The History of Intraoral Cameras
Overall History of Intraoral Cameras
Intraoral cameras are used in dental offices all over the world. They’ve become a very important tool for both patient rapport and dental treatment. In this article, we give a brief history of intraoral cameras.
On January 7, 1839, the Paris Academy of Sciences witnessed the introduction of photography to the world by Louis Daguerre. Later in the same year, Alexander S. Wolcott (a New York-based dental instruments manufacturer) used Daguerre’s concept to patent the first camera.
The newly opened world of photography immediately inspired the formation of the American Journal of Dental Science. This journal published photographs depicting the pre-operative and the post-operative condition of patients who underwent cosmetic as well as restorative dental procedures.
Analog Intraoral Camera
Fast-forward more than a century later, and the pioneer intraoral camera (IOC) was launched towards the end of the 1980s. This analog intraoral camera system was the outcome of work done by a California-based company called Fuju Optical Systems, and they secured a patent for the IOC in July 1987. With their patent in hand, the company wasted no time in launching DentaCam later in 1987.
Endoscopic Hand Piece
The next groundbreaking development regarding intraoral cameras came in 1989 when another company introduced an advanced intraoral camera that featured an endoscopic handpiece. This was an exciting development in the dental world because never before had a dental camera had a micro-camera with its own source of light.
Dental Cameras Then
For years to come, the intraoral camera with a dental endoscope was the camera of choice in dentistry. Their quick adoption was partly due to the widespread use of endoscopes in gastroenterology.
Other fields of medicine also made use of endoscopes and other imaging systems as various software systems to enhance images became available.
Needless to say, those earlier versions of intraoral cameras were very expensive (a unit went for about $40,000), bulky, and cumbersome to operate. Just to give you an idea of how rudimentary those systems were, they had a large video processor box, a handpiece, a dedicated computer (equipped with a floppy disc drive used to save and transfer still images), and a VCR used to view video images. Dr. Ben Kacos, a Shreveport Dentist, has seen these intraoral cameras and he says that they’re massive.
Dental Cameras Today
Over time, however, technological advancements continued to be made, and the intraoral camera systems became more affordable and more compact.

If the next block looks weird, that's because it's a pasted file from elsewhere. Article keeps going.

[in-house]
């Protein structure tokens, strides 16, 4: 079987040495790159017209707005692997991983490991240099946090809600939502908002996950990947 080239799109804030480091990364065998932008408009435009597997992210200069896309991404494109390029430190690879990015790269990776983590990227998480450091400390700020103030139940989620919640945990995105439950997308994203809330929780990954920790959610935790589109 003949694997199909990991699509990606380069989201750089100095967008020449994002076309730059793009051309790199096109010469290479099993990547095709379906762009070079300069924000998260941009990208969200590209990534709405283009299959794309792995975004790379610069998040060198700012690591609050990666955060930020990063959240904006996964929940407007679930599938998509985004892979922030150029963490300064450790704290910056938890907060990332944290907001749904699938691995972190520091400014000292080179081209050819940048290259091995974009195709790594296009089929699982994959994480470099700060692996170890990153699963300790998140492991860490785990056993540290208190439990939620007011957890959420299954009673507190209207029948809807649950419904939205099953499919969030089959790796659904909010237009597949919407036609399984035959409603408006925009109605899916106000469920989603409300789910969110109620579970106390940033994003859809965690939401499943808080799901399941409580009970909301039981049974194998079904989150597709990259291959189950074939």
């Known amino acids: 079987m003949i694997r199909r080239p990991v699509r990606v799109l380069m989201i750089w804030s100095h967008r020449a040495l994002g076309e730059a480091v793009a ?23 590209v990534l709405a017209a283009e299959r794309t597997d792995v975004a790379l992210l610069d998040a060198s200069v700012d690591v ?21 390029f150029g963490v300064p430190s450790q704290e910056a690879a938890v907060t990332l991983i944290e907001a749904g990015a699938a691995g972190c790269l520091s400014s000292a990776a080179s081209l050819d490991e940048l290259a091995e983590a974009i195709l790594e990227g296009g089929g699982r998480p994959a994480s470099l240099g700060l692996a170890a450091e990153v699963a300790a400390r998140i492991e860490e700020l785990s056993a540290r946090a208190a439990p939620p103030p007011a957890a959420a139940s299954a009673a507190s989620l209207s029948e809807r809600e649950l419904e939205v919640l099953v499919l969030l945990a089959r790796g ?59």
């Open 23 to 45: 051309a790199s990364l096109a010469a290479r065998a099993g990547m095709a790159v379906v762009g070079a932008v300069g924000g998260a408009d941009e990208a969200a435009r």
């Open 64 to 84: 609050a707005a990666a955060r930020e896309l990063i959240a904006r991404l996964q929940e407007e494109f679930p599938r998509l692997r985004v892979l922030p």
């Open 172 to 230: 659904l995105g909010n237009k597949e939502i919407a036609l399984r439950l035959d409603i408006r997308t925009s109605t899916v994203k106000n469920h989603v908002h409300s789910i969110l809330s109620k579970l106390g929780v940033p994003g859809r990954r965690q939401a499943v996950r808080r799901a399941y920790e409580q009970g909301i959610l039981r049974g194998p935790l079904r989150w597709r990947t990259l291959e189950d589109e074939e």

Today, a dental intraoral camera is just about the size of the handpiece of the IOC systems of decades ago. These modern devices cost just a tiny fraction of what those older systems used to cost. USB connectivity, HD imaging technology, ease of use, and other benefits of intraoral dental cameras have made these devices a common feature of dental operatories.
Another factor that has resulted in the widespread use of intraoral cameras today is their value in patient education. When a patient views real-time images of their mouth, the patient is more likely to accept the treatment plan recommended. Those same images will also be sent to insurance companies to show why a certain dental procedure is necessary.
The images taken using intraoral cameras make such a strong case that many insurers now accept images that are simply emailed to them alongside the treatment documents.
Digital Doc Intraoral Cameras
Today, intraoral cameras, such as those made by Digital Doc, come with a huge array of features and design options that include the following:
- The variable or fixed focusing system
- LED lighting
- Corded or wireless connectivity
- Angle viewing capability ranging from 0 to 90 degrees
- Magnification of up to 100x
Using Intraoral Cameras in Your Dental Practice
As you plan to implement an intraoral camera system at your dental office, bear in mind the following suggestions:
- Research intraoral camera brands and select the one which will be easy for you to integrate
- Intraoral camera images need to be stored properly and in an organized way so that it is easy to retrieve them when the need arises. For example, the images can be sent directly to a patient’s digital file.
- It is important to back-up the captured and stored images at an offsite location.
As you can see, intraoral cameras have come a long way. These advancements have made the provision of dental care easier, faster, and more reliable, all while improving patient satisfaction. Now is the time to contact Digital Doc and join the revolution of dental technology. Schedule a virtual demonstration with one of your local Digital Doc reps today!